22-01-2019 The use of Liquefied Petroleum Gas, a mixture of propane and butane commonly known as LPG, as motor fuel has been on a steady rise globally in the past years. And it is expected to grow even further. Recently approved standard NEN EN 589:2019 - Automotive fuels - LPG - Requirements and test methods, helps the market with this growth. In its revised format it includes interesting new requirements.
There is a set of reasons for the trend. For example, LPG is cheaper and easier to store and transport than petrol or diesel. Furthermore, the popularity of LPG is due to its (relative) sustainability, as it has lower CO2 emission rates than other fossil fuels. This increased popularity, as LPG is in any case a gas, requires constant improvement and updates, in order to ensure that the cars on the road are safe, and that emissions are kept as low as possible, in a context of rapidly evolving technologies.
EN 589 aims at providing such a framework. The standard introduces LPG quality specifications for automotive use, ensuring a minimum quality level throughout Europe. The standard underlines that LPG (and its possible biomass-based variant) is a feasible alternative fuel.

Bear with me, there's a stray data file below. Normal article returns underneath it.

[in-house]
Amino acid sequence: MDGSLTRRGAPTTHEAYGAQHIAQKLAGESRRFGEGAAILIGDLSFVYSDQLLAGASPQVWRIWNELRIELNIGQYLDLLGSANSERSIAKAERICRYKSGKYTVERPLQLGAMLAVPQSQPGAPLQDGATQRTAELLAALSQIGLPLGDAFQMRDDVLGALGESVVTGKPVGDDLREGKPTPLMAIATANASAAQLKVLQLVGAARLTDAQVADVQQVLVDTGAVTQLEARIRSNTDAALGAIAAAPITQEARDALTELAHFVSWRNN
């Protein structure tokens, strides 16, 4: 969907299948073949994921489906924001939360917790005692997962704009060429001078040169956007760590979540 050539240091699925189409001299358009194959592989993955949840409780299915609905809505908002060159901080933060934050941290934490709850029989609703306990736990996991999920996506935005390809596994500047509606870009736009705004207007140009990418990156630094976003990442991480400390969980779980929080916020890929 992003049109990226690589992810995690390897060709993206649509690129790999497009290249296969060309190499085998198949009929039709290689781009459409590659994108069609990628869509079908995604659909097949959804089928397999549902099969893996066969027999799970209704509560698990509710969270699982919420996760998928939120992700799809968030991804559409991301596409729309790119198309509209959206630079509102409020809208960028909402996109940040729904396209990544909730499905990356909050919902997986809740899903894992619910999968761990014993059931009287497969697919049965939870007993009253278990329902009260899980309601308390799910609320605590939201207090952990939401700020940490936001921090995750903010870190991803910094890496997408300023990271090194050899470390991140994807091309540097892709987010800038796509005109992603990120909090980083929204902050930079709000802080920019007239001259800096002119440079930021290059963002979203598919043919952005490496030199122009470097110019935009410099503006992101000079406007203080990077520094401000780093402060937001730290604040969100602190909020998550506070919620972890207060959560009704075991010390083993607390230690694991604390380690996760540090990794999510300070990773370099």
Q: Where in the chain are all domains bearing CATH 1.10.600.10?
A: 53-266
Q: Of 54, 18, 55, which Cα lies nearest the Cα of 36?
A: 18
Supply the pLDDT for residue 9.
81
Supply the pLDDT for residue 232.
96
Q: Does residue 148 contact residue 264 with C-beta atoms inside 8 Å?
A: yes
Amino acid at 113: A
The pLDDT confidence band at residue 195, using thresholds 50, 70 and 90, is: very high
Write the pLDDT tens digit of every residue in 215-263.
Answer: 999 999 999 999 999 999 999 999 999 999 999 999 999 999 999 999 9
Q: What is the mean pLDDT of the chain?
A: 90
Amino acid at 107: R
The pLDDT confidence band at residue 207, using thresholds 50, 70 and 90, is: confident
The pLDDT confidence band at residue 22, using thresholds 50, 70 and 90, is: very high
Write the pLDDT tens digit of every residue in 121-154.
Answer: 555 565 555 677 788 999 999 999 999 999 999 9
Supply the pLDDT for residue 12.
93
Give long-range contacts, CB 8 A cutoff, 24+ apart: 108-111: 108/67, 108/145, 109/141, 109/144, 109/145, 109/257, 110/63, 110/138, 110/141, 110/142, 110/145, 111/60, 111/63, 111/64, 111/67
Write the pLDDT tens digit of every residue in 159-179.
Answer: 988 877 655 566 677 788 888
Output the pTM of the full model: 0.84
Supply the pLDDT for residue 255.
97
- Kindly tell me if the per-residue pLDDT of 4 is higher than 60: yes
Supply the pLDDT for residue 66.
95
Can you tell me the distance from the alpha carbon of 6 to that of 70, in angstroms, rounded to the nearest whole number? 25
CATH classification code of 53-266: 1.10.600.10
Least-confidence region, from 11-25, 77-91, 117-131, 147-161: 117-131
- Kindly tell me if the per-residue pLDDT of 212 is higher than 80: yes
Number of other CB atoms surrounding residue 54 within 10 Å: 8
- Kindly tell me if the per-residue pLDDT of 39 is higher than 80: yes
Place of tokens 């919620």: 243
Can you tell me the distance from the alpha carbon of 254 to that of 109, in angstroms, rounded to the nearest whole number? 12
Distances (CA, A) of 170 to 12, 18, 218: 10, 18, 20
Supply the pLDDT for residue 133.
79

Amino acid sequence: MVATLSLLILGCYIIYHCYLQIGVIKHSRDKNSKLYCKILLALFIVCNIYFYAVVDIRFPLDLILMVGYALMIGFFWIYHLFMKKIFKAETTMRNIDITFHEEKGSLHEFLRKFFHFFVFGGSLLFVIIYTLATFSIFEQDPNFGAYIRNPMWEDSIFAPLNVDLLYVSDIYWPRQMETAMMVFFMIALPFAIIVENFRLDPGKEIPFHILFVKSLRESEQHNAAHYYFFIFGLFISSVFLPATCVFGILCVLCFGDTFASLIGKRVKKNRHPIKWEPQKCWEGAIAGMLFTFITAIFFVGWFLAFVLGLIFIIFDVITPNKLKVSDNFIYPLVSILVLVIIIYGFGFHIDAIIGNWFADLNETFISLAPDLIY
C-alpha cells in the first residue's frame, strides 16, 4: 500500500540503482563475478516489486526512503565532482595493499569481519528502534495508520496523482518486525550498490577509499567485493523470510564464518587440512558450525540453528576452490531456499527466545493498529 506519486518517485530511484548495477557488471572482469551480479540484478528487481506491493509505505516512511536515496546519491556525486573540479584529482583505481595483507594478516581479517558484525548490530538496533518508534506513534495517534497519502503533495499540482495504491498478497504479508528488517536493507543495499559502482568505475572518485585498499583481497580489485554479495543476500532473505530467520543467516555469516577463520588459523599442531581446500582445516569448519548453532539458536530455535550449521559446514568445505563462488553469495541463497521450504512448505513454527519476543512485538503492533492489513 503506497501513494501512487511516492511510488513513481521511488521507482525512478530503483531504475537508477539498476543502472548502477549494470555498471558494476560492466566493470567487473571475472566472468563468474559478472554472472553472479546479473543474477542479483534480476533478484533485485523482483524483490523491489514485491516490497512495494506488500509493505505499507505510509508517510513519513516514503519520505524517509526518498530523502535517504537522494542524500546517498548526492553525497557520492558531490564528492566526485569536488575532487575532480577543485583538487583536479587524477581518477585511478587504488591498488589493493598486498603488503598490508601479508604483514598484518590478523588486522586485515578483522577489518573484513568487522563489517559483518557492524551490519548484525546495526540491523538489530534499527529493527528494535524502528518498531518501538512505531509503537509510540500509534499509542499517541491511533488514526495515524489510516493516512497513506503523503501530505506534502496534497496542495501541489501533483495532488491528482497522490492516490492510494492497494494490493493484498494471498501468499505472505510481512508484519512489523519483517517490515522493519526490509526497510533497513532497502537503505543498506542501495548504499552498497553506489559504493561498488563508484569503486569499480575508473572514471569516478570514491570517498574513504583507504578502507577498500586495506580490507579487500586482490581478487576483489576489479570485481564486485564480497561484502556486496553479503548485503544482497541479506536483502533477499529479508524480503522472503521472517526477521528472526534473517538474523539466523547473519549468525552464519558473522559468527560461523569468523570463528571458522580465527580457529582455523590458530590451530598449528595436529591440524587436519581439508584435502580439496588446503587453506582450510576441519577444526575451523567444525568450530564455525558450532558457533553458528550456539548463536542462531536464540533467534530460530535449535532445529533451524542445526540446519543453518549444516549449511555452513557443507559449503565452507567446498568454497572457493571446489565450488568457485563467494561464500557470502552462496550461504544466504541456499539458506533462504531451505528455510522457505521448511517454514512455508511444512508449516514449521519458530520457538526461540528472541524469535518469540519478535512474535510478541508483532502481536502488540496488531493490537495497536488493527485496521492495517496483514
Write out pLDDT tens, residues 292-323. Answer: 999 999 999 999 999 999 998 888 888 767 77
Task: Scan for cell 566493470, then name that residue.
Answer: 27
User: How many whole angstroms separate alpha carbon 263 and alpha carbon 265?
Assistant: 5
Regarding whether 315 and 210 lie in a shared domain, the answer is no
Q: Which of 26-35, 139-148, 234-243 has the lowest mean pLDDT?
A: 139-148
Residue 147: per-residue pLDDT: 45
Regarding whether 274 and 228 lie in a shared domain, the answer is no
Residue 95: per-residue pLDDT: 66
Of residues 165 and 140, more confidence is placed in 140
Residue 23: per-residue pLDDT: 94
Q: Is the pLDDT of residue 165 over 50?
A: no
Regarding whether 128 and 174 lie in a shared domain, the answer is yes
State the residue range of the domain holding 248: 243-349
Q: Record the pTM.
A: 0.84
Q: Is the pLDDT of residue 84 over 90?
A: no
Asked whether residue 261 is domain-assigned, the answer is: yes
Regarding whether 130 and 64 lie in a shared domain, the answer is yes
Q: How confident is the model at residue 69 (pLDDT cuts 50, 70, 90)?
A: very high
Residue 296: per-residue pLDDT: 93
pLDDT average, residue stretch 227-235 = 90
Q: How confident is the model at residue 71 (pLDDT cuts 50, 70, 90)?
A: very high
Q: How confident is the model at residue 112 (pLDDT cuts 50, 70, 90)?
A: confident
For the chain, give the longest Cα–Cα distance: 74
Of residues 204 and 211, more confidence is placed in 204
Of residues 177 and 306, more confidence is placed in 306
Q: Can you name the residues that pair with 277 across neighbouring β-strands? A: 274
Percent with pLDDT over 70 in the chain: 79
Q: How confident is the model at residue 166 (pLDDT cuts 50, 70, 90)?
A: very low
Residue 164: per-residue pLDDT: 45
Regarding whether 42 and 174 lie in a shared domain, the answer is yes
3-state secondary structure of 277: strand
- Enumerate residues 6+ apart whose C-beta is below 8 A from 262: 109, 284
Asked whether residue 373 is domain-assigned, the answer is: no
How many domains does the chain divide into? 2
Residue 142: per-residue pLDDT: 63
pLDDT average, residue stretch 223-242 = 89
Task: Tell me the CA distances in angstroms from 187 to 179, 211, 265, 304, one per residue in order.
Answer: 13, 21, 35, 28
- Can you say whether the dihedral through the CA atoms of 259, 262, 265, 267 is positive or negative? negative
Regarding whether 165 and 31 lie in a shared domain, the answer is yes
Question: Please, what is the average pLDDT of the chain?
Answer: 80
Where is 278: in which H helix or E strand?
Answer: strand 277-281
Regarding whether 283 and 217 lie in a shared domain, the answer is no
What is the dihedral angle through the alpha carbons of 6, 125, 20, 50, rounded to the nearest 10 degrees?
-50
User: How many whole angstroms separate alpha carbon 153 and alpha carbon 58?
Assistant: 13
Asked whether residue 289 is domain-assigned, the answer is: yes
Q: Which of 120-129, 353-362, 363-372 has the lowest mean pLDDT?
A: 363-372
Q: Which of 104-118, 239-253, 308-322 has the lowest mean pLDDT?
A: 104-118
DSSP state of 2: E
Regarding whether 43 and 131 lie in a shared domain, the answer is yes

The 2018 version is the most recent update of the standard. Compared to the previous version, NEN EN 589:2018 presents some technical changes and clarifications. Examples are the reduction of the sulphur limit value to 30 mg/kg, an enhanced injector protection against residues and introduction of the new consumer information label.
The importance of this update is due to the fact that lower sulphur content allows to maintain LPG’s advantage as a low price, low emission fuel. This compared to increasingly cleaner diesel fuels coming on the market. A new test method for sulphur has been developed for this purpose. In addition, the text allows countries to choose alternative odour detection methods next to the standardized one. Thus lowering production cost whilst maintaining safety. As LPG is a gas, it is required to smell it distinctively in order for a leak to be detected by the consumer or the filling station operator.
The new filling station label should be observable already throughout Europe: the diamond with LPG in it. EN 589:2018 has been prepared by Technical Committee CEN/TC 19 ‘Gaseous and liquid fuels, lubricants and related products of petroleum, synthetic and biological origin’. TC 19’s Secretariat is held by NEN, the Dutch National Standardization Body.
For more information, please contact Ortwin Costenoble. E-mail: firstname.lastname@example.org.